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Men’s style guide: does my bottom look big in this?

My tailor of choice is normally Primark where they stock a fine line in summer linen, but the other day, in the vain hope that more variety in my wardrobe might transform my image/life I bravely ventured into another, more exclusive, gentleman’s clothing emporium.

I appreciated that I might be required to dig a little deeper into my wallet in this rather dimly lit den of fashion and beautiful people, but little had prepared me for £185 price tag discreetly attached to the jeans I selected. Clutching my wallet tightly I beat a hasty retreat home, where jeans are optional, to research matters sartorial.

Why do people pay such huge amounts for something that spends most of its life underneath a table? Am I missing something?

Mr Primark and I have always agreed that a pair of blue jeans is a pair of blue jeans and that anyone who spends more than £9 is wasting their money, but it turns out that there are other things to consider when buying jeans. Thankfully, because I really don’t want to recommend silly logos, brand name isn’t one of them. The most important consideration comes down to how the denim is made.

Apparently “raw” denim (sometimes called “dry” denim) is the stuff we should all be looking out for: it will last at least 10 years if you treat it right and always look great. In recent times (since about 1950) there’s been a rather namby-pamby trend of wearing pre-washed denim, but it’s just not the same. For one thing it’s been treated with nasty chemicals and for another you will be buying a product that will never really feel like yours because its character was established long before you came along. Buying denim is like buying a puppy; you need to be there from the very start to create that special bond.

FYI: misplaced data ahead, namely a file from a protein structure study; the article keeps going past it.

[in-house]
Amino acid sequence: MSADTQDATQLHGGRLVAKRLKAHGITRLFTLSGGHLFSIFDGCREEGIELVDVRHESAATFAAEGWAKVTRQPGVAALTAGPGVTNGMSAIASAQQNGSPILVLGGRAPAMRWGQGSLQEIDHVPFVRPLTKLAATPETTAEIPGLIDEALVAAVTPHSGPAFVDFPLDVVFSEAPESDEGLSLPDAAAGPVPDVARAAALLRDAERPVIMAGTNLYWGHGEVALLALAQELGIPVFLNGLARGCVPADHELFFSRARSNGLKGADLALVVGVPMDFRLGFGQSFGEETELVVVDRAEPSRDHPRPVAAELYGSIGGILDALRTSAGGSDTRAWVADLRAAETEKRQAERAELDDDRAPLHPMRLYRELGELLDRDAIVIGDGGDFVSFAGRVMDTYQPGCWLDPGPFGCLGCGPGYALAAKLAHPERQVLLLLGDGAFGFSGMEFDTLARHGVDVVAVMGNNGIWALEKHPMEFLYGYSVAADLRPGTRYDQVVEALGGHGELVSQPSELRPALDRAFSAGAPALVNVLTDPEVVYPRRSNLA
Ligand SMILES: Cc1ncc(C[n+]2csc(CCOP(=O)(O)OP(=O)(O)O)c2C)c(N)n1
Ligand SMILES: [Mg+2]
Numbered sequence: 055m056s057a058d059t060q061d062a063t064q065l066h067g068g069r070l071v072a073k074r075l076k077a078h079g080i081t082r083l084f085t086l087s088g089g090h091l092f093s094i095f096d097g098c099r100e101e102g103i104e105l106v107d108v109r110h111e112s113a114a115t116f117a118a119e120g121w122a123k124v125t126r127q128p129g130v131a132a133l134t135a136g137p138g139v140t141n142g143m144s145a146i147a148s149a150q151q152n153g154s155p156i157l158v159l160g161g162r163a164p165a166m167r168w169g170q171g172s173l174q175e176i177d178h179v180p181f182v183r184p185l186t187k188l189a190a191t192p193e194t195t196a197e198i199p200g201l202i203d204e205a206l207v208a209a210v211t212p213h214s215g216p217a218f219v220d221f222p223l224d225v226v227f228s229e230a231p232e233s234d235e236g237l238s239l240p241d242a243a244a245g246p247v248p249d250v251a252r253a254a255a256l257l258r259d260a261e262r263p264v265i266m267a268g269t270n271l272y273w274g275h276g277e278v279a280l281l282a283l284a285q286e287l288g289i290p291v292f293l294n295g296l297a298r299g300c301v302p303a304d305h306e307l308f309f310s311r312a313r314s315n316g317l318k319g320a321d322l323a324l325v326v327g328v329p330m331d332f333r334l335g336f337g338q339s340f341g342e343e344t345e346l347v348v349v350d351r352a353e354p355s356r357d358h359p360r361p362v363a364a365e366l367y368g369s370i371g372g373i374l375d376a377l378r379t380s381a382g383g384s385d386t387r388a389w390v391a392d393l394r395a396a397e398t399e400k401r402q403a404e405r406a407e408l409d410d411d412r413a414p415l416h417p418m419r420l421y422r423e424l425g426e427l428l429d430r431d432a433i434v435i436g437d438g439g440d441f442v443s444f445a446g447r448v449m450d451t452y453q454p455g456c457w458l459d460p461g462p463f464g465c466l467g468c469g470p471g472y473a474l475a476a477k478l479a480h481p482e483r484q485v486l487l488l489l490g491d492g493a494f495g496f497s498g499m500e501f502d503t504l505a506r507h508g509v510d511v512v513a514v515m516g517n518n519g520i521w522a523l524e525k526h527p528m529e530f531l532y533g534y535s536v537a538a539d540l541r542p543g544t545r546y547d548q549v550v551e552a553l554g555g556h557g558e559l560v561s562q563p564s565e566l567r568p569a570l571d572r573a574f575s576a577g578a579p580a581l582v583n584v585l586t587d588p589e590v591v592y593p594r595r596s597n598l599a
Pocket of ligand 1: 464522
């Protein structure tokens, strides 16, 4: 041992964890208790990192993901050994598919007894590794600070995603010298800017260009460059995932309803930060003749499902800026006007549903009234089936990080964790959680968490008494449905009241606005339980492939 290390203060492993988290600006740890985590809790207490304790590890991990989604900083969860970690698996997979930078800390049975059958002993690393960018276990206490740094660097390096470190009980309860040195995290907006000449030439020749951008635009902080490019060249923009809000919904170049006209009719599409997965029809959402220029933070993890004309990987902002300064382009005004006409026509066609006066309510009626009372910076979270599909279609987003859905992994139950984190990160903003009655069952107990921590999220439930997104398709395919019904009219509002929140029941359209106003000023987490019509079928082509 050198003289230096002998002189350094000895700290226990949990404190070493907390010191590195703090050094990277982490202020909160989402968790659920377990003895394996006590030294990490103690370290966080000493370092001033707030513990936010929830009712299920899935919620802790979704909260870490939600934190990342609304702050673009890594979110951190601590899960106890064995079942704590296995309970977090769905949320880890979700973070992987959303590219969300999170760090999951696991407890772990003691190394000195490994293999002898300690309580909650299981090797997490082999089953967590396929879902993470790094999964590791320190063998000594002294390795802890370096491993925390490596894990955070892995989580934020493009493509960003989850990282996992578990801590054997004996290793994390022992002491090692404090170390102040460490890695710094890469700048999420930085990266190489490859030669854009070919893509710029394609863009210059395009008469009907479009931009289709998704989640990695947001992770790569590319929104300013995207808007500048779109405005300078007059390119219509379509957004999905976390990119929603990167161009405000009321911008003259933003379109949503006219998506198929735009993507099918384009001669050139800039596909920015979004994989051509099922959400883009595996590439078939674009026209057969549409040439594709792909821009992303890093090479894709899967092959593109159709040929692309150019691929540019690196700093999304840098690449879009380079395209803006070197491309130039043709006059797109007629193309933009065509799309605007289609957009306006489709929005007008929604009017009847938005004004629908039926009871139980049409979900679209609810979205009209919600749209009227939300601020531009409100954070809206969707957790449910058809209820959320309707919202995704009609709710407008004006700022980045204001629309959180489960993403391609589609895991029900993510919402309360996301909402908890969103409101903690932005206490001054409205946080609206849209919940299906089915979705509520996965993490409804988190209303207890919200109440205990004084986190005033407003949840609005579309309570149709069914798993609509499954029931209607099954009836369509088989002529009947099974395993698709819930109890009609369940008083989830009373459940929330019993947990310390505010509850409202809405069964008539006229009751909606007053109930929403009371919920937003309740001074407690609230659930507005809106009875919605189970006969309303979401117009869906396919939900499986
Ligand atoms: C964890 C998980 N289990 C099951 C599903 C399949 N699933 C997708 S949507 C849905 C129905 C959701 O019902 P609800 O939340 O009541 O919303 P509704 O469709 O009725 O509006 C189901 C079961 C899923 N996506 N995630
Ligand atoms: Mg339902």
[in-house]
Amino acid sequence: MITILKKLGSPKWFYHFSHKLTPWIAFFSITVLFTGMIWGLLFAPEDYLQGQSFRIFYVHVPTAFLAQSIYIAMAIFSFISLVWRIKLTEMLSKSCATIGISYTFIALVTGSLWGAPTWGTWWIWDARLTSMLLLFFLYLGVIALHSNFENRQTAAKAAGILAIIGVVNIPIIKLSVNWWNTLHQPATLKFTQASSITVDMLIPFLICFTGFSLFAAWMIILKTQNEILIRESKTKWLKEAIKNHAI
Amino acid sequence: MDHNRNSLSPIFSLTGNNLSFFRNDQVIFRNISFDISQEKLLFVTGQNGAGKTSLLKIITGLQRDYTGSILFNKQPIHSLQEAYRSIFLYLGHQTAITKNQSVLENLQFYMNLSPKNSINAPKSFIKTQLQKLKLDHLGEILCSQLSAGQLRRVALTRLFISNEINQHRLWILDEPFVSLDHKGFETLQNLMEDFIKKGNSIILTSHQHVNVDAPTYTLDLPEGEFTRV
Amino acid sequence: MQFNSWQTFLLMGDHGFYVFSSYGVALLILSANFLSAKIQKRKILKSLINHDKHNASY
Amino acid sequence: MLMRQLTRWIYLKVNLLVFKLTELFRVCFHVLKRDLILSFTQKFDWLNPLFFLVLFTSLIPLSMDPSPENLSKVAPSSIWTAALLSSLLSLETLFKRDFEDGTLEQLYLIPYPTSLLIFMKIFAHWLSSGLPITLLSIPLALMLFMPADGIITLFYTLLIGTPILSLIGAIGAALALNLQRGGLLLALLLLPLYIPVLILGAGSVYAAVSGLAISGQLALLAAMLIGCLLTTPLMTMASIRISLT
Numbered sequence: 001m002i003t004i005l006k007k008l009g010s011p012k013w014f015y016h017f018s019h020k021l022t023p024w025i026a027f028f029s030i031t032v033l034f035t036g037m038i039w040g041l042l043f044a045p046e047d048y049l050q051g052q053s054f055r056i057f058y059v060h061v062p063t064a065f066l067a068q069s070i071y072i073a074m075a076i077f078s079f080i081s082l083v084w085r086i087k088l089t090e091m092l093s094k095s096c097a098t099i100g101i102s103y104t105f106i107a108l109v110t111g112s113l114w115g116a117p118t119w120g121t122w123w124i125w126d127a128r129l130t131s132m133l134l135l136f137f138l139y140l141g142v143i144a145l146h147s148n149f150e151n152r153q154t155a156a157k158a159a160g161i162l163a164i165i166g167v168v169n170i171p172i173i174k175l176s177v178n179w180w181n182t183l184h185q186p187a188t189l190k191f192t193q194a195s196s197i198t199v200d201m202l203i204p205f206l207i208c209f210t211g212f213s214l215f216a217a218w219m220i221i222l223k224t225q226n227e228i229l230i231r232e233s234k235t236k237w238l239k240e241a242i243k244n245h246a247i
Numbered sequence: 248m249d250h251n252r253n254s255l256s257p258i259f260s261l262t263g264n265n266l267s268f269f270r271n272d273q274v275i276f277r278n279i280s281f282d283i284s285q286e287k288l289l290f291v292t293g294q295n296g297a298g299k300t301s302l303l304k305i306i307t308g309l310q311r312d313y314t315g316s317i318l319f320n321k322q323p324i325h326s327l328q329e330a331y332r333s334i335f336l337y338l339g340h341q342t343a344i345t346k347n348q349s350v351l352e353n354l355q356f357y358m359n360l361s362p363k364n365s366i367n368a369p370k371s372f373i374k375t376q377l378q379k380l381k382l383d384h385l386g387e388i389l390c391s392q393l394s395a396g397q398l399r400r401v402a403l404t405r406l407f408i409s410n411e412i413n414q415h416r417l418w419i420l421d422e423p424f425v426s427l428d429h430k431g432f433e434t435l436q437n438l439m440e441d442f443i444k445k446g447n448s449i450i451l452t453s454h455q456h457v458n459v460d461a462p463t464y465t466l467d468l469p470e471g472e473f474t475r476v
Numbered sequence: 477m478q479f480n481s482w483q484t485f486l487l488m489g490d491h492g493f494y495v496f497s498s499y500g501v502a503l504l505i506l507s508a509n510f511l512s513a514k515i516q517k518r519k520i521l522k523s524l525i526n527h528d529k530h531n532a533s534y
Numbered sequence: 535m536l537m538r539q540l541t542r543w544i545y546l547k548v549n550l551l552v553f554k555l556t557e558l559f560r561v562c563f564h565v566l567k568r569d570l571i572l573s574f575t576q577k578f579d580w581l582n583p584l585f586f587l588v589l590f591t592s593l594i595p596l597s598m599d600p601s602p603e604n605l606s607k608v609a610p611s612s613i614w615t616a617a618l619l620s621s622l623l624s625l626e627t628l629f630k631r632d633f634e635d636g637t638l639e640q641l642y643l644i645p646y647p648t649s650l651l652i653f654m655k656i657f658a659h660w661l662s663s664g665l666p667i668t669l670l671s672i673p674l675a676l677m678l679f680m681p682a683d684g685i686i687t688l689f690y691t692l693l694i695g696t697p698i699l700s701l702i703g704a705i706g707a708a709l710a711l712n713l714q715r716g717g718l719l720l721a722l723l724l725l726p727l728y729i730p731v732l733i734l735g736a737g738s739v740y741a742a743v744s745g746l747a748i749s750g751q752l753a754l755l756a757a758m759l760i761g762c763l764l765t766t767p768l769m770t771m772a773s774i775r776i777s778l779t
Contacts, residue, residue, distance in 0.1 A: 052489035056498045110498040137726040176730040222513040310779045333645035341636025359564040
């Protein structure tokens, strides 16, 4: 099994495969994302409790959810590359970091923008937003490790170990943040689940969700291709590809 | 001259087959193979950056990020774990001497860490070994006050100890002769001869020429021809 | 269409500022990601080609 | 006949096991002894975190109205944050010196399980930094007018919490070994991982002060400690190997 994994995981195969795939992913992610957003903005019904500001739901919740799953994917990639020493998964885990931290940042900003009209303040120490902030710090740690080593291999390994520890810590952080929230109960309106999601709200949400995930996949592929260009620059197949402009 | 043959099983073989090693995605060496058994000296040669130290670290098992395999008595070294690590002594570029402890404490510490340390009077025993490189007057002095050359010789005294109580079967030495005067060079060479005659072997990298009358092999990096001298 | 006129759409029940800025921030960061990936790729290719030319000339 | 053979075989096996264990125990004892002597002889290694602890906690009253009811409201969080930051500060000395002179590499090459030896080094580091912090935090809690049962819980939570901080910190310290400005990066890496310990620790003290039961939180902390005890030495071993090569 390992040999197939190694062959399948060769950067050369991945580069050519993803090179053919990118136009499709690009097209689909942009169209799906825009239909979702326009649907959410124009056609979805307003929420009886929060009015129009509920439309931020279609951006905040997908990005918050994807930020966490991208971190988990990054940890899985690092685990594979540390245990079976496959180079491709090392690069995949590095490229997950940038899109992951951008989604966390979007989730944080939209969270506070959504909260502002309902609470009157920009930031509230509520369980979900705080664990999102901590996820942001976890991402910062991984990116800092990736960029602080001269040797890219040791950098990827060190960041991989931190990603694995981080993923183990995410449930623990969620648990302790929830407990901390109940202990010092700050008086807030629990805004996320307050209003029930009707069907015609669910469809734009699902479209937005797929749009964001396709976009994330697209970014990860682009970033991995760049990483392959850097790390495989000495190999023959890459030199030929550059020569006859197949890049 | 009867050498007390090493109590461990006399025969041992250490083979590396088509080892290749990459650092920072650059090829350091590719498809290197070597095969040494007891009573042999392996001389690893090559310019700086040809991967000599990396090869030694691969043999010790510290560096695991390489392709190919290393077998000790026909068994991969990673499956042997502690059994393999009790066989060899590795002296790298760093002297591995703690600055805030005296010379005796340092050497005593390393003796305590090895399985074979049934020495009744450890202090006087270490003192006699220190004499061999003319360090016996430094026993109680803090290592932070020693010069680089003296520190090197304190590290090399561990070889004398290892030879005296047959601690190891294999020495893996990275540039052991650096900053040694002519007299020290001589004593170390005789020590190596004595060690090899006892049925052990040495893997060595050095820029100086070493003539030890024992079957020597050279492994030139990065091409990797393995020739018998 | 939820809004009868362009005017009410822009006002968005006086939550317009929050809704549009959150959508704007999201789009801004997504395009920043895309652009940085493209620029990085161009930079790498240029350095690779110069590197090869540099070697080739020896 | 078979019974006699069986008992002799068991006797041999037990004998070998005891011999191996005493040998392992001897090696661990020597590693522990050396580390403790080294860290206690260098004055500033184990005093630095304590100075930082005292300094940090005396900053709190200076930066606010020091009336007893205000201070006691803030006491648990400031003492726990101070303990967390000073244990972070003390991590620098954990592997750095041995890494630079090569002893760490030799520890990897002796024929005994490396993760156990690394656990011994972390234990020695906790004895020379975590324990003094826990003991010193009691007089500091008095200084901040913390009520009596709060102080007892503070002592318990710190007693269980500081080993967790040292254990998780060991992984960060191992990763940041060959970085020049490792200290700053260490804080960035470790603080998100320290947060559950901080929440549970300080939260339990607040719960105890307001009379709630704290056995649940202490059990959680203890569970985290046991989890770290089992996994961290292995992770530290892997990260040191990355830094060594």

The second thing to consider is how the fabric is assembled. “Real” denim is made on proper old-fashioned shuttle looms, not modern projectile looms which create a material that will easily fray. The proper stuff is called “selvedge” denim and if you know what to look for it’s easy to tell the difference. When a cowboy looks you up and down that’s probably what he’s doing.

Denim is dyed with a heavy pigment which sits on the fabric waiting to rub off onto something nice. So the next thing you have to think about is your mum’s nice cream-coloured sofa. Pre-washed denim doesn’t lose dye because the industrial washing process removes most of it, making for an anaemic lifeless rag. The bottom line is that if you wear real denim you have to treat it with respect and stand around – looking manly. If you must sit down, sit on a bar stool, or a horse. Definitely not on your mother’s sofa.

Surprisingly, jean aficionados spend a lot of time discussing how to wash them: on balance they prefer that you don’t. If you must, then once a year is the most they will tolerate, but don’t ever use a washing machine: turn your jeans inside-out and lay them in a cool bath with a squirt of wool wash. After 40-45 minutes rinse, but don’t scrunch or wring. Leave to dry, outside, on a line. Preferably when the wind is blowing across the prairie from the west.

After you’ve finished you can use the line to lasso your horse.

As someone who lives with a washing machine that’s more sophisticated than Apollo 11 I’m not convinced that this approach to hygiene is such a giant leap forward. But if you’re the sort who’s happy to spend £185 on a pair of jeans then you’re probably one of those hipster types who works in design and spends half his life waiting for a professional beard trim. You’re certainly not the sort of person who gets his jeans dirty. Or maybe you earn enough to have dozens of spare pairs, all neatly stacked up in your wardrobe. But for most of the people I know not washing their jeans would be akin to showering in sewage.

Selvedge? Shuttle looms? Pigment dyes? £185? I’m afraid that it’s just not for me. Oh well, I think I’ll just head back to Primark. I don’t think I’d make it as a cowboy after all.